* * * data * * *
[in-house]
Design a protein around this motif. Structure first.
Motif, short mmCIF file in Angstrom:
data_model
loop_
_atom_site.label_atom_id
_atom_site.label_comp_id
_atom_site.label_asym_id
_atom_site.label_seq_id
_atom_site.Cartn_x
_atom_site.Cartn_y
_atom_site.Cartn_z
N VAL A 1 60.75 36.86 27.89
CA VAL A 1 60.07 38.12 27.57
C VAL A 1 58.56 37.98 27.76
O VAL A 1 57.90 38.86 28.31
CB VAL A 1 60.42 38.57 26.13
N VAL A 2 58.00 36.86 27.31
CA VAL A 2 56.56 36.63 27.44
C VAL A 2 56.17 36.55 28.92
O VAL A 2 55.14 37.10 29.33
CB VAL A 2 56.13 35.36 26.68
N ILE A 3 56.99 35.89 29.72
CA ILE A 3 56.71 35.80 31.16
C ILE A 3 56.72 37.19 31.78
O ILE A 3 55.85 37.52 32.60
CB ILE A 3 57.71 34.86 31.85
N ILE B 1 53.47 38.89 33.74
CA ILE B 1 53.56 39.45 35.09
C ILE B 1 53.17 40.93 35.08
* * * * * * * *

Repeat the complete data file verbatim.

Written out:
[in-house]
Design a protein around this motif. Structure first.
Motif, short mmCIF file in Angstrom:
data_model
loop_
_atom_site.label_atom_id
_atom_site.label_comp_id
_atom_site.label_asym_id
_atom_site.label_seq_id
_atom_site.Cartn_x
_atom_site.Cartn_y
_atom_site.Cartn_z
N VAL A 1 60.75 36.86 27.89
CA VAL A 1 60.07 38.12 27.57
C VAL A 1 58.56 37.98 27.76
O VAL A 1 57.90 38.86 28.31
CB VAL A 1 60.42 38.57 26.13
N VAL A 2 58.00 36.86 27.31
CA VAL A 2 56.56 36.63 27.44
C VAL A 2 56.17 36.55 28.92
O VAL A 2 55.14 37.10 29.33
CB VAL A 2 56.13 35.36 26.68
N ILE A 3 56.99 35.89 29.72
CA ILE A 3 56.71 35.80 31.16
C ILE A 3 56.72 37.19 31.78
O ILE A 3 55.85 37.52 32.60
CB ILE A 3 57.71 34.86 31.85
N ILE B 1 53.47 38.89 33.74
CA ILE B 1 53.56 39.45 35.09
C ILE B 1 53.17 40.93 35.08